Of course there are many other aspects that may contribute to improved health in physical, mental, social, emotional and spiritual terms.  Many set-ups such as gyms, sleazy clubs, seedy joints, spas, etc, did roaring businesses in the years prior to the pandemic while tapping into the deep pockets of those who felt they needed to be healthier. While the going was good, it was a win-win-win situation for all especially for those aiming for a fitter or more shapely body and a well-invigorated mind.

Even without attending the clubs, joints or gyms, it is still possible to invigorate oneself within the comfort of your own home garden.  

It may be a backyard or frontyard, or even the balcony or window ledges.  Even if the entire compound is fully concreted, do not worry as it is still possible to carry out healthy gardening for a healthier lifestyle.

Active gardening involves a fully hands-on approach on the ground in all aspects within the garden. Tasks such as trimming, manuring, watering, shifting of pots and materials, removals, etc., all require some degree of being bodily active, such as walking, bending, waddling, ambling, squatting, lifting, carrying, sawing, chopping and cutting.  

Other physical actions in the garden such as rolling over a swath of soft creepers, pushing or pulling a lawn mower, stamping to firm up the soil in a planter box, pile-driving to stabilise a patch of soil – all using only body power – may induce a lot of huffing and puffing as well as plenty of sweat.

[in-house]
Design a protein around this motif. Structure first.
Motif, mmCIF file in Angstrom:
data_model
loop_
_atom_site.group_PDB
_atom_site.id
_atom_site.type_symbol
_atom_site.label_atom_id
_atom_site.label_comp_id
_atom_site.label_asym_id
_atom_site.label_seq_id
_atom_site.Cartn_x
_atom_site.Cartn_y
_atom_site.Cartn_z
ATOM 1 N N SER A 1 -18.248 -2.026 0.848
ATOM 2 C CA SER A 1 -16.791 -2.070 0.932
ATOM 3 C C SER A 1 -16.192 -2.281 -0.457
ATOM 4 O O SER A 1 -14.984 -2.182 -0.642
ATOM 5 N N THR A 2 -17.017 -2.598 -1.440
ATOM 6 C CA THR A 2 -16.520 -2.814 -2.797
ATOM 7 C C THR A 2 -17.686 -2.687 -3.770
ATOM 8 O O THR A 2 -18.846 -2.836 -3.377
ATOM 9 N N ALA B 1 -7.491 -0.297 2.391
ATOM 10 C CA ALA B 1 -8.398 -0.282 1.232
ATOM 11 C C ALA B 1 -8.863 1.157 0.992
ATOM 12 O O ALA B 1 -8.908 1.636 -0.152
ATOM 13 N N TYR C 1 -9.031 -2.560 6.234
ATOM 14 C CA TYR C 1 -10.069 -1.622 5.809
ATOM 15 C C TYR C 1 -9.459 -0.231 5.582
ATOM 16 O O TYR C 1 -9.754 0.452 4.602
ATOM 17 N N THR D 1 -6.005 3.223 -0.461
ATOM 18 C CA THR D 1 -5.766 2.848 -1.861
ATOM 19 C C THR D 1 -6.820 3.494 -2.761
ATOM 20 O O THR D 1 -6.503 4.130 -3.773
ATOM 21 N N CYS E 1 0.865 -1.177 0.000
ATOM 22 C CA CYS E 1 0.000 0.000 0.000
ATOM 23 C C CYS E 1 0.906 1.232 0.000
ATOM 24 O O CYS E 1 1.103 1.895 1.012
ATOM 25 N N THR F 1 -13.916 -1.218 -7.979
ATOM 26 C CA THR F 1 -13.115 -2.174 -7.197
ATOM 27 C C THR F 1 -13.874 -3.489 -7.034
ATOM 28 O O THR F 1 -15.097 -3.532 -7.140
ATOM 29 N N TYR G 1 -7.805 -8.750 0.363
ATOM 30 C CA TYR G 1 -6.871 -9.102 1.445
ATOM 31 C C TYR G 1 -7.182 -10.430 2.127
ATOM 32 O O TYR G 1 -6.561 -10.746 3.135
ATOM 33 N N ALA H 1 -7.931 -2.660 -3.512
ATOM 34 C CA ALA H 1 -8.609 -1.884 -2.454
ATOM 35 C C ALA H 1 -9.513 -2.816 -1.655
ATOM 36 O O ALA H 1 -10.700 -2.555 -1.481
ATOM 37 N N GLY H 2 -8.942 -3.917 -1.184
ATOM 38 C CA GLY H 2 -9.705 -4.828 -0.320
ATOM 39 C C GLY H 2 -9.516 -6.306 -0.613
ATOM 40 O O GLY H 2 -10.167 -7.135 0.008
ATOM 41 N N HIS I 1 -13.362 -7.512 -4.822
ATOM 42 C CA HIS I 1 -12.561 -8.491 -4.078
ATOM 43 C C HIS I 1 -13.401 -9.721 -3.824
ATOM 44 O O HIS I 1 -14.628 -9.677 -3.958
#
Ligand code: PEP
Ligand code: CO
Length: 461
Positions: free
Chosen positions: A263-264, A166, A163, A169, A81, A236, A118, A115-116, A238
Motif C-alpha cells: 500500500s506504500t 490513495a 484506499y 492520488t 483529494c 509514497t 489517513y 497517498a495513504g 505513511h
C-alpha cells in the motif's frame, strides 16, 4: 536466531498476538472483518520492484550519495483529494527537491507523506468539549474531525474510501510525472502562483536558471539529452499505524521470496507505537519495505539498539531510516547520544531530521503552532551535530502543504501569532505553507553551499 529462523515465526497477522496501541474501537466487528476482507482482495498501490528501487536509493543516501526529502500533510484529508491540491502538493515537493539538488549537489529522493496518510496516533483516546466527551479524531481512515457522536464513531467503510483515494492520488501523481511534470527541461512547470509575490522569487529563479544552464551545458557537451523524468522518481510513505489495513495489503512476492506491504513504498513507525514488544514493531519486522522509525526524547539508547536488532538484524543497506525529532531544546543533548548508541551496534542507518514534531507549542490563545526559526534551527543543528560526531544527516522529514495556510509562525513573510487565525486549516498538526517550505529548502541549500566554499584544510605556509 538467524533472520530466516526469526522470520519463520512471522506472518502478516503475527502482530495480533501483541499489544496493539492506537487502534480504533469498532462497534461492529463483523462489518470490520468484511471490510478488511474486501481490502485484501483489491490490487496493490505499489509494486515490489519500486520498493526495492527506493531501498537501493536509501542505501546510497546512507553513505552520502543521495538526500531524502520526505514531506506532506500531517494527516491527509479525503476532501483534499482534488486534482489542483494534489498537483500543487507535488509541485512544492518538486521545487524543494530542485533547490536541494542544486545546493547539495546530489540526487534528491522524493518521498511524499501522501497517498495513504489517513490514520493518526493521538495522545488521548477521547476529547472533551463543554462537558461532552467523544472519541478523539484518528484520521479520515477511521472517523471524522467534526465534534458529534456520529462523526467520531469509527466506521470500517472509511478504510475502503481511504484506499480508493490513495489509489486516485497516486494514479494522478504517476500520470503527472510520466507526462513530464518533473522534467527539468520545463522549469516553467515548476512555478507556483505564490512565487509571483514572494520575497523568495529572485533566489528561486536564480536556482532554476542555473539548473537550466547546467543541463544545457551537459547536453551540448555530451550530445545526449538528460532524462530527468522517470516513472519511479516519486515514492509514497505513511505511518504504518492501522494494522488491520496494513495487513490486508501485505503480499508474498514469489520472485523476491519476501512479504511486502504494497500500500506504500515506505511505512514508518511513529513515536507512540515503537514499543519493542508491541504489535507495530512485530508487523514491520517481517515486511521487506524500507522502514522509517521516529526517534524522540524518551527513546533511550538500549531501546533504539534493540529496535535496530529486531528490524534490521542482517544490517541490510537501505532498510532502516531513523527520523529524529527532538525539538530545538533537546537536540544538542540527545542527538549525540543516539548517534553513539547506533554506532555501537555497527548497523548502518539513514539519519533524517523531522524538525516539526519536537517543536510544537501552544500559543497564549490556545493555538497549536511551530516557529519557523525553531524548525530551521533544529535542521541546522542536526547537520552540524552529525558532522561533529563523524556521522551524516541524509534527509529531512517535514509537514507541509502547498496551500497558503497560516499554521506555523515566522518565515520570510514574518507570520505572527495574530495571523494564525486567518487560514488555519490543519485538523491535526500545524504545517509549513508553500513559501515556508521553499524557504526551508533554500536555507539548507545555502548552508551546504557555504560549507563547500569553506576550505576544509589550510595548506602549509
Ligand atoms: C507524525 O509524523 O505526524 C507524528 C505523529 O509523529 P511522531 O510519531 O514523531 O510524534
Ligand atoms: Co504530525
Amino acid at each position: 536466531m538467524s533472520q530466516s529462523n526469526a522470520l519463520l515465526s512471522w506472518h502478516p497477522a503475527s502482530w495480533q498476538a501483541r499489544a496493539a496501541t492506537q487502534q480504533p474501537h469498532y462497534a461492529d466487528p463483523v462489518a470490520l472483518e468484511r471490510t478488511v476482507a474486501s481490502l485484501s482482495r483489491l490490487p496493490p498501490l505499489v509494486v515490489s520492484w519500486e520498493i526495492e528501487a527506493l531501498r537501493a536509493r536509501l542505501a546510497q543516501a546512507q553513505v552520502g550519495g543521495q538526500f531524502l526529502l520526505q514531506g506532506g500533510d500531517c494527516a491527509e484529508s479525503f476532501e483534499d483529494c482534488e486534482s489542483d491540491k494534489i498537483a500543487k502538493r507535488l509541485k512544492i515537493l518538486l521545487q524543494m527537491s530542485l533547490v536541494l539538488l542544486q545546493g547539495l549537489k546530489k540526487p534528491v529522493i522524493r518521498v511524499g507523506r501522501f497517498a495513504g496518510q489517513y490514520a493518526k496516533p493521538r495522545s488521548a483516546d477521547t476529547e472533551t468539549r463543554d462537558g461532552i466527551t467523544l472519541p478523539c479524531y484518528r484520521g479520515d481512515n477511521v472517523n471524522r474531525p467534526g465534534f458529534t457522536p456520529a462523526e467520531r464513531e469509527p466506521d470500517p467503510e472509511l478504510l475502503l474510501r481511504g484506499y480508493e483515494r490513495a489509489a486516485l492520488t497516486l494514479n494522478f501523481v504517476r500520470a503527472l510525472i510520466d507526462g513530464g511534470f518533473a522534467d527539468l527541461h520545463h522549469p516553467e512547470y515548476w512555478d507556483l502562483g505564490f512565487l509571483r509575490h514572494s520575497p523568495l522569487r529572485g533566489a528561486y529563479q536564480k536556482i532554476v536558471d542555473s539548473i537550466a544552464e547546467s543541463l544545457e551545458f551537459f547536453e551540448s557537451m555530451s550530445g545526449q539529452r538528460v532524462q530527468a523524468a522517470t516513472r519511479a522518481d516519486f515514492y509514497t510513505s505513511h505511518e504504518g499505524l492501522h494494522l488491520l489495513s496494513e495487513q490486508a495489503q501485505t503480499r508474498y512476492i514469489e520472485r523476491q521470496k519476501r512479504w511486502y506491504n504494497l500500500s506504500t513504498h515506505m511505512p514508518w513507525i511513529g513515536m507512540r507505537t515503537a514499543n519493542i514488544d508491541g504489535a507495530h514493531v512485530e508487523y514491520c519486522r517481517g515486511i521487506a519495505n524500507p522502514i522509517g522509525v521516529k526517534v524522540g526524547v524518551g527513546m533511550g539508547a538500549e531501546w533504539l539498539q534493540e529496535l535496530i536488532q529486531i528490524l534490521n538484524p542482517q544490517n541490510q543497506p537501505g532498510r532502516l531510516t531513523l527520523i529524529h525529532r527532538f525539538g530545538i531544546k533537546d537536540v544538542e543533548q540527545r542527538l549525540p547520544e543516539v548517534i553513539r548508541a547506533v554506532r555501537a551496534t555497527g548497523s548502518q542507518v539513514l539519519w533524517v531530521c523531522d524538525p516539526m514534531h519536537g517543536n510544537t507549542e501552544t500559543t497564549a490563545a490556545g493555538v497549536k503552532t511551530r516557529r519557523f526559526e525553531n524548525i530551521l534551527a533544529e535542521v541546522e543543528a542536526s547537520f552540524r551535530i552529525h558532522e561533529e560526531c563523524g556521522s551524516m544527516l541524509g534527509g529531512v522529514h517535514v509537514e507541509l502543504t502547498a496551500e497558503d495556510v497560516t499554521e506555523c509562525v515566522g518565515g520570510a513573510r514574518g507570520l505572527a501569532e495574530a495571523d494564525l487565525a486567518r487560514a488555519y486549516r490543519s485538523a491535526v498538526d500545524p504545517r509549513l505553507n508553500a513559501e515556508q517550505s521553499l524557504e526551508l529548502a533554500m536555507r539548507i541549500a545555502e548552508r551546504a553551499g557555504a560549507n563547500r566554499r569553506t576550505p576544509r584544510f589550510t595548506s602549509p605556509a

These are visible evidence of active gardening at play on the body, and at the end of the day, it should induce a very deep and sound sleep, resulting in, hopefully, less or even zero visits to the doctor.

A pleasing and soothing environment is what everybody wants of their plants irrespective of whether they are grown indoors or outdoors.  Well-maintained plants are always a joy to behold where people of finesse are able to discern even subtle beauties and characters.  

These are much enjoyed with gusto in the same way that coffee connoisseurs enjoy their coffee, or alcoholic aficionados sip their tipple.  Plants yield much enjoyment in other appreciable ways although they do not announce their arrival as cockerels do.  

A short morning stroll viewing the lush green foliage or colourful dainty flowers is sure to add an oomph to start the day on a firm and happy footing.  Certainly, a person who feels good at the start of the day is likely to feel healthy for the rest of the day, all other factors being equal.

Filtration of air is what many plants can do, especially with several popular indoor ornamentals.  These have certain physiological features that enable them to filter out harmful or toxic gaseous matters including formaldehyde, toluene and benzene. These volatile, invisible organic compounds that may be carcinogenic and highly toxic, are released from everyday items such as adhesives, paints, upholstery, particle board, furniture, carpets, cleaning products, solvents, pesticides, smoking, treated wood products, and so on.  

At the same time, the use of such wonderful indoor plants, apart from filtering the air, are also capable of releasing oxygen during the night. Just imagine a bedroom with several of these fantastic plants working in over-drive at night to, not only filter out toxic volatile compounds, but also release oxygen within the room.